- Over 8 million Canadians are living with blinding eye diseases and 1.2 million Canadians are living with vision loss
- Vision loss in Canada has an annual cost of $32.9 billion
- 3 out of 4 cases of vision loss could be prevented if caught early or treated
- New treatments to prevent vision loss and restore sight are needed for many Canadians who don’t currently have any option
On this page, you’ll find information about our work to bring new treatments and cures to Canadians, and opportunities to support our efforts.
Stop the crisis of preventable blindness
Canada has a vision health care crisis and we have to act now. This is the finding of two reports, The Cost of Vision Loss & Blindness in Canada Report and The Impact of COVID-19 Report on Eye Health (Addendum) published in 2021.
Over 8 million Canadians are living with blinding eye diseases and 1.2 million Canadians are living with vision loss. But this can be prevented. If diagnosed early 3 out of 4 people could stabilize their sight with treatments available today.
Every day, people are losing their sight from preventable blindness. The financial burden to our health care system, individuals, and communities is in the billions with the majority of the costs being borne by individuals and their families.
This has been exacerbated during the COVID-19 pandemic. Cancelled eye care appointments, treatments and surgeries has led to an estimated 1437 Canadians losing vision in 2020. The delays will mean an increase in the cost of vision loss of $1.3 billion over the next two years.
We’re calling on Canadians to join us in the fight against this emerging crisis of preventable blindness. Give your voice to the cause by visiting StopVisionLoss.ca.
Together with a coalition representing people living with vision loss and professional eye care providers, we’re calling for a National Vision Health Plan that will focus on the prevention of blindness and investment in better eye care and vision research to restore sight for the 1.2 million Canadians living with uncorrectable vision loss today.
The Canadian Council of the Blind, in partnership with Fighting Blindness Canada, the Canadian Association of Optometrists, and the Canadian Ophthalmological Society, commissioned Deloitte Access Economics to prepare the Cost of Vision Loss and Blindness in Canada report based on 2019 health data and the COVID-19 addendum based on March to December 2020 health data.
IRD COUNTS: THE IMPACT OF LIVING WITH AN INHERITED RETINAL DISEASE (IRD)
Every year, the cost of IRDs in Canada is $1.6 billion, a cost largely borne by affected individuals and their families.
Individuals with an IRD, their families, and health care providers understand the impact on well-being, mental health, as well as the financial cost of living with an IRD. However, the lack of data in this area has been a barrier to the development of treatments, implementation of clinical trials, and delivery of appropriate clinical care. To address this Fighting Blindness Canada helped commission the IRD COUNTS study which brings to light the hidden costs of having an IRD and makes clear that the true impact is not being considered fully by the government as they make decisions about health care spending.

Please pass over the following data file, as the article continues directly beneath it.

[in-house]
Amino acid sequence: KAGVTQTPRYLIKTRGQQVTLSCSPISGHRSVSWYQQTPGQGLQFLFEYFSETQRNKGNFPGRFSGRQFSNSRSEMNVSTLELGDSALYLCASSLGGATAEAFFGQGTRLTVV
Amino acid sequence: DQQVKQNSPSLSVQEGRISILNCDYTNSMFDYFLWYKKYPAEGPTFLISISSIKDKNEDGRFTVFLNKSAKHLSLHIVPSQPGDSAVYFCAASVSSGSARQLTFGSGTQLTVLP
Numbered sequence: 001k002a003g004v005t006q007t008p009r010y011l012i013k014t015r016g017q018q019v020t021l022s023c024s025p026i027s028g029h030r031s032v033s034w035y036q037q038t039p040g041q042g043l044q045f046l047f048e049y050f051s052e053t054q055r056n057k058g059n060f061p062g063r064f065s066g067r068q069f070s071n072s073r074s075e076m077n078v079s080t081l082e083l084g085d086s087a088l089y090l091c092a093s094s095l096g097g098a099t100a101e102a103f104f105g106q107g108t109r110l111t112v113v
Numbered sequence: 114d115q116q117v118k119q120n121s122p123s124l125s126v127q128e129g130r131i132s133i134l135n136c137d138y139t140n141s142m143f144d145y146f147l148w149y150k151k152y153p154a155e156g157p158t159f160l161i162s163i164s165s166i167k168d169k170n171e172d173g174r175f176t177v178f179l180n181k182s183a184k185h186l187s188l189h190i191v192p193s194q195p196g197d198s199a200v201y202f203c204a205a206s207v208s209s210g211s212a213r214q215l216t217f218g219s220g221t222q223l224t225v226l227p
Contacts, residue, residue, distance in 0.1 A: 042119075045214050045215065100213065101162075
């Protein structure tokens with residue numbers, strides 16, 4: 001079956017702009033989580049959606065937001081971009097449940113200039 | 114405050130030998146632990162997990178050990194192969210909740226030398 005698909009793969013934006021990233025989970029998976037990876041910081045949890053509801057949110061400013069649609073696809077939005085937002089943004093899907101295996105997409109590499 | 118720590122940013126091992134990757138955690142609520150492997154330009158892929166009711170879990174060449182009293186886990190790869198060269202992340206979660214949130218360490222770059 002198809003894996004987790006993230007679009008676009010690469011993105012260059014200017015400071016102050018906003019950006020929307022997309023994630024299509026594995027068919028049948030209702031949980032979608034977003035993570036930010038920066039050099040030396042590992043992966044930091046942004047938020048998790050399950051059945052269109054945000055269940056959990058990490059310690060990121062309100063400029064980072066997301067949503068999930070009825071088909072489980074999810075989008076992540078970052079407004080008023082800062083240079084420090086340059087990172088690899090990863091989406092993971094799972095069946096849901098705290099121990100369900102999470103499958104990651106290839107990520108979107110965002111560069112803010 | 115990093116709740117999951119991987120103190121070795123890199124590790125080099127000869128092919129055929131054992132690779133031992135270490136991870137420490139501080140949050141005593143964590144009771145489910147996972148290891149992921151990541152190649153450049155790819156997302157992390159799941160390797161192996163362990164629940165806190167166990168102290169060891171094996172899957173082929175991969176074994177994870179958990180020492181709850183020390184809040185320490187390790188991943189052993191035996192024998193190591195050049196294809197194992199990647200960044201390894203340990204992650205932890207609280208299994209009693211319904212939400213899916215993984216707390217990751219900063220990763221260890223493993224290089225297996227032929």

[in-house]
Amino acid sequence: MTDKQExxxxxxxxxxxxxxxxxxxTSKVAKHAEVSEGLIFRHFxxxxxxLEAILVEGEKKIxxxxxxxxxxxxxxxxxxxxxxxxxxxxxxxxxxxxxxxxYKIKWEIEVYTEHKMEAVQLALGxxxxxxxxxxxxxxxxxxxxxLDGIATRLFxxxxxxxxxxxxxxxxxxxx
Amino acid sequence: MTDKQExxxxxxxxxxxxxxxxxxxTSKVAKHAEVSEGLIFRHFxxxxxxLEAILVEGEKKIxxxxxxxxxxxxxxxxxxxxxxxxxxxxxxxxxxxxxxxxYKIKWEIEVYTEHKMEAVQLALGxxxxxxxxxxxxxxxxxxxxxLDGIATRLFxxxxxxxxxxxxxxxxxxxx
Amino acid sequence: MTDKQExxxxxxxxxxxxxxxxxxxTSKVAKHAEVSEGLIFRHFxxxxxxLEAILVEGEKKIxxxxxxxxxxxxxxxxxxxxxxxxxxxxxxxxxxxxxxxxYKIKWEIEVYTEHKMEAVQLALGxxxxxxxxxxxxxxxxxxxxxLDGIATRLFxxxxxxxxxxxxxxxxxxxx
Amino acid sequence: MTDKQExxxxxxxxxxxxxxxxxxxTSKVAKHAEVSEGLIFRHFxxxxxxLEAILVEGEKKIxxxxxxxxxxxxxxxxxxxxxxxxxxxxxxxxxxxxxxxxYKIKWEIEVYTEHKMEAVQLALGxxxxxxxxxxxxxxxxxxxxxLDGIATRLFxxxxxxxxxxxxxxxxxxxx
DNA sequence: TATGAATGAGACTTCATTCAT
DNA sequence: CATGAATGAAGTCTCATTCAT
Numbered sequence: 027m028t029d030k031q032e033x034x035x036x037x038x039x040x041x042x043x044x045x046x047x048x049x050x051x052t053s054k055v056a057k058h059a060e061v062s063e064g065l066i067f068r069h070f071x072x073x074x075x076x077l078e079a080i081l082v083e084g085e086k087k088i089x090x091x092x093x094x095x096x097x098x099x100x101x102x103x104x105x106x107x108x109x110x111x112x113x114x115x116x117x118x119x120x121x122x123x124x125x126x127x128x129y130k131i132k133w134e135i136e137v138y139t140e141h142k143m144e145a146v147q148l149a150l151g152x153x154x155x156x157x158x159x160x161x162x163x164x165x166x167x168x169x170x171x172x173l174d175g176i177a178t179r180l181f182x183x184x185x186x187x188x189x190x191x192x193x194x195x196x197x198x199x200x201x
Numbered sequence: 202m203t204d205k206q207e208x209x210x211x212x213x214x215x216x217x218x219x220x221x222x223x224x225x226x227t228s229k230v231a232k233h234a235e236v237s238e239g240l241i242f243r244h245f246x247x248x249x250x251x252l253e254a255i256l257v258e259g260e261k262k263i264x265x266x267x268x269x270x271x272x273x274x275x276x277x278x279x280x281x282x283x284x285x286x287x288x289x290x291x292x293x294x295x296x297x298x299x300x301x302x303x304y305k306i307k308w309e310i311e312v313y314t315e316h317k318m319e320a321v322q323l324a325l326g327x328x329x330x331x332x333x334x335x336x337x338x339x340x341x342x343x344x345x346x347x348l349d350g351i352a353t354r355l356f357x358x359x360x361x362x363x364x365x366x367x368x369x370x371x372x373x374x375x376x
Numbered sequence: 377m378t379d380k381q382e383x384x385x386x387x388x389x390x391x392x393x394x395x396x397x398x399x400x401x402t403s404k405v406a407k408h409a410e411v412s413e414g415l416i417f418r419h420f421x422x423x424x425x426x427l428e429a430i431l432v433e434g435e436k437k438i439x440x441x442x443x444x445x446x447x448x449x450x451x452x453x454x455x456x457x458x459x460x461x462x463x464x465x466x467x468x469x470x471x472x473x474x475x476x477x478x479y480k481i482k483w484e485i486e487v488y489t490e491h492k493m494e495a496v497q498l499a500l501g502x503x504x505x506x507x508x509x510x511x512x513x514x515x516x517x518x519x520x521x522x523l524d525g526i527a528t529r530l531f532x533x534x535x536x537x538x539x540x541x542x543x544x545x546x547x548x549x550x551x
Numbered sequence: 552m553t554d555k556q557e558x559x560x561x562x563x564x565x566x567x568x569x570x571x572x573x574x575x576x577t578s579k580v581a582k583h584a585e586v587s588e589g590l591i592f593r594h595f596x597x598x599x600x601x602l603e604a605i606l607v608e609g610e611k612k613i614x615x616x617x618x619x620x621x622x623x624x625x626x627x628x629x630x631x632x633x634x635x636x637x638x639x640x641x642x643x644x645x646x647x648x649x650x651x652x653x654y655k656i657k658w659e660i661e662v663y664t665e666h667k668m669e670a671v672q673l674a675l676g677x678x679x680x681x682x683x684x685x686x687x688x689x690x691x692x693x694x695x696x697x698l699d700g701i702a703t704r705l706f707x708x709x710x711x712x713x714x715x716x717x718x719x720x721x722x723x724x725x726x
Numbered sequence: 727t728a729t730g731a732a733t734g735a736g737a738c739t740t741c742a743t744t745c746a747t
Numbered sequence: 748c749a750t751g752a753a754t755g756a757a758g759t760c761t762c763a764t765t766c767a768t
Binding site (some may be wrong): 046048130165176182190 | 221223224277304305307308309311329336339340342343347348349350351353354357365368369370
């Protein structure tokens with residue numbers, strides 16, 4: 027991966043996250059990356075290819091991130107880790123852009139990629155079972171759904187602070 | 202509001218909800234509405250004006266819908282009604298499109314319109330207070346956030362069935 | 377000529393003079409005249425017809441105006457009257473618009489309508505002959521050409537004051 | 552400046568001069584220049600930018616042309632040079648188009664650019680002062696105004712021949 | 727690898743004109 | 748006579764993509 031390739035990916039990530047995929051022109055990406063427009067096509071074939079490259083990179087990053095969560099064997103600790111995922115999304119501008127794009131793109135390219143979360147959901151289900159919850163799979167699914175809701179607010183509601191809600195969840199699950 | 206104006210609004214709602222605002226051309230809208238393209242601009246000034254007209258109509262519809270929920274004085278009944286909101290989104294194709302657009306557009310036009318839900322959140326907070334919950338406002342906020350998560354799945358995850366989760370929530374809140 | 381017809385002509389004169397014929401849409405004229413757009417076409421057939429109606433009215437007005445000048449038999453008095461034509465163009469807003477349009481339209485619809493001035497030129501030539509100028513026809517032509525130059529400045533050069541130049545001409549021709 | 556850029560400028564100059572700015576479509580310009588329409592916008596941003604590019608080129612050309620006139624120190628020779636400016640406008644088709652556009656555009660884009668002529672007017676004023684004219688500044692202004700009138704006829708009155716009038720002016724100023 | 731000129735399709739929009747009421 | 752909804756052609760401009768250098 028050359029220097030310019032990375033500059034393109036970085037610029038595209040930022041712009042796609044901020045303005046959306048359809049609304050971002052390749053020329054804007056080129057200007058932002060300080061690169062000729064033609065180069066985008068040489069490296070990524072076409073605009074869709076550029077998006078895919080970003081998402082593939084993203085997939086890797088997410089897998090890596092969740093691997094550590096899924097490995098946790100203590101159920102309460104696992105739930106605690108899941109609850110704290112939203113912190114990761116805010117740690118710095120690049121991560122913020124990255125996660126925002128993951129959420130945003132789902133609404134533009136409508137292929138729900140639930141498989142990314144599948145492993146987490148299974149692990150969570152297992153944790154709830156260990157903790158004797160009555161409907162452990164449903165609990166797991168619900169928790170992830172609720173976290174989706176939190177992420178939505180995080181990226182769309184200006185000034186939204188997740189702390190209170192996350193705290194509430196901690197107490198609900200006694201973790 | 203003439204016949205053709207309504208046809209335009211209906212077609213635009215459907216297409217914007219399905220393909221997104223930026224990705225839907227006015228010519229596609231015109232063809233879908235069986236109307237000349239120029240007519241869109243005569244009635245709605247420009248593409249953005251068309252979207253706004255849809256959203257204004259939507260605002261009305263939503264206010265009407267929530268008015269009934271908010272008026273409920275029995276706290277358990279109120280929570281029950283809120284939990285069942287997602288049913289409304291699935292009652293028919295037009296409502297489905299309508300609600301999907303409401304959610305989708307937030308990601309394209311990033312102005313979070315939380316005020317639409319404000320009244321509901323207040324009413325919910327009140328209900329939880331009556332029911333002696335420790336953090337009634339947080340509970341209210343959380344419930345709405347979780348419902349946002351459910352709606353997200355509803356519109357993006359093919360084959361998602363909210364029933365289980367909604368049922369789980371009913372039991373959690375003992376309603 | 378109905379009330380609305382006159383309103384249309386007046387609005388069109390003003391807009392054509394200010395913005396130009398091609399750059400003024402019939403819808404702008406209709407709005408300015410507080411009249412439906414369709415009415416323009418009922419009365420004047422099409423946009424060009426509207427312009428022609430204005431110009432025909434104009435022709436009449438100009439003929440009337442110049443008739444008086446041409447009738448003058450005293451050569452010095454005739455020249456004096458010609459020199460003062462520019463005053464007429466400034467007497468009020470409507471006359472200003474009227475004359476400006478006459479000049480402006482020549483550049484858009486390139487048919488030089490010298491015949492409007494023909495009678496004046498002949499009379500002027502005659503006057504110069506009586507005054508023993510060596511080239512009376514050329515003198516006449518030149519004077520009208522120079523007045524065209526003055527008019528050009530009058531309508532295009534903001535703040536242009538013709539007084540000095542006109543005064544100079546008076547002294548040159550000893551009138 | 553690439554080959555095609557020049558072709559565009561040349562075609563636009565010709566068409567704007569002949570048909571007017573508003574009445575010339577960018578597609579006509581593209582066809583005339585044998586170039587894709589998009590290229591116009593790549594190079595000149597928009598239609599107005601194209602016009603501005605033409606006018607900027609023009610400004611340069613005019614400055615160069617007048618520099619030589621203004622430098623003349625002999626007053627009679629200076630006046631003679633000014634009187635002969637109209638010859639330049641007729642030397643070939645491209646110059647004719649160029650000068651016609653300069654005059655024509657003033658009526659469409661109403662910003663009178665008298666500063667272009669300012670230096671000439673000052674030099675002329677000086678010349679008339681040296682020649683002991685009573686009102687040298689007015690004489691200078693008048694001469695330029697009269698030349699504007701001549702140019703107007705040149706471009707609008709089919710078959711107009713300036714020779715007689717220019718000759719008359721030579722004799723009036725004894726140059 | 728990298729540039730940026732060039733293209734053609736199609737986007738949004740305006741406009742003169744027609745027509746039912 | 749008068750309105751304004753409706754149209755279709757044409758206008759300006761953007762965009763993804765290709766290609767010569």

SHARE YOUR EXPERIENCE
Hearing from people with vision loss, their families, and the broader community helps Fighting Blindness Canada better engage with and advocate for the issues that are important to you.
LEARN ABOUT FBC Policy work and Publications
Regulatory Submission Highlights
FBC provides patient input to government agencies like the Canadian Association for Drugs and Technologies in Health (CADTH) to ensure they consider the vision loss community’s lived experience as they are making decisions about regulations, budgets or providing recommendations about which treatments should be approved and funded. FBC actively seeks community input through surveys and interviews to ensure that the experiences of people with vision loss are represented through these processes.
Inherited Retinal Diseases (IRDs) Submissions
- Voretigene neparvovec (Luxturna®), submitted to CADTH May 2020
Age-related Macular Degeneration (AMD) Submissions
Diabetes Macular Edema Submissions
- Faricimab, submitted to CADTH April 2022
- Ozurdex (Dexamethasone Intravitreal Implant), submitted to CADTH June 2022
- Brolucizumab (Beovu®), submitted to CADTH June 2022
- Minimally invasive glaucoma surgery submitted to CADTH September 2018
- Gaps in knowledge of diabetic macular edema (DME): This article published in the Canadian Journal of Diabetes demonstrates a lack of awareness among patients about their diabetic eye disease and highlights the importance of education and health information.
- RAPID Program Fact Sheet: This fact sheet provides an overview of anti-VEGF treatment use in Canada with particular focus on the Alberta’s government-run RAPID program. November 9, 2020.
- Vision 2020 White Papers: Fighting Blindness Canada (FBC), the Canadian Council of the Blind (CCB), CNIB Foundation, and other stakeholders collaborated to draft three papers that discuss living with vision loss, vision research, and access to vision care.
Join the Fight!
Learn how your support is helping to bring a future without blindness into focus! Be the first to learn about the latest breakthroughs in vision research and events in your community by subscribing to our e-newsletter that lands in inboxes the beginning of each month.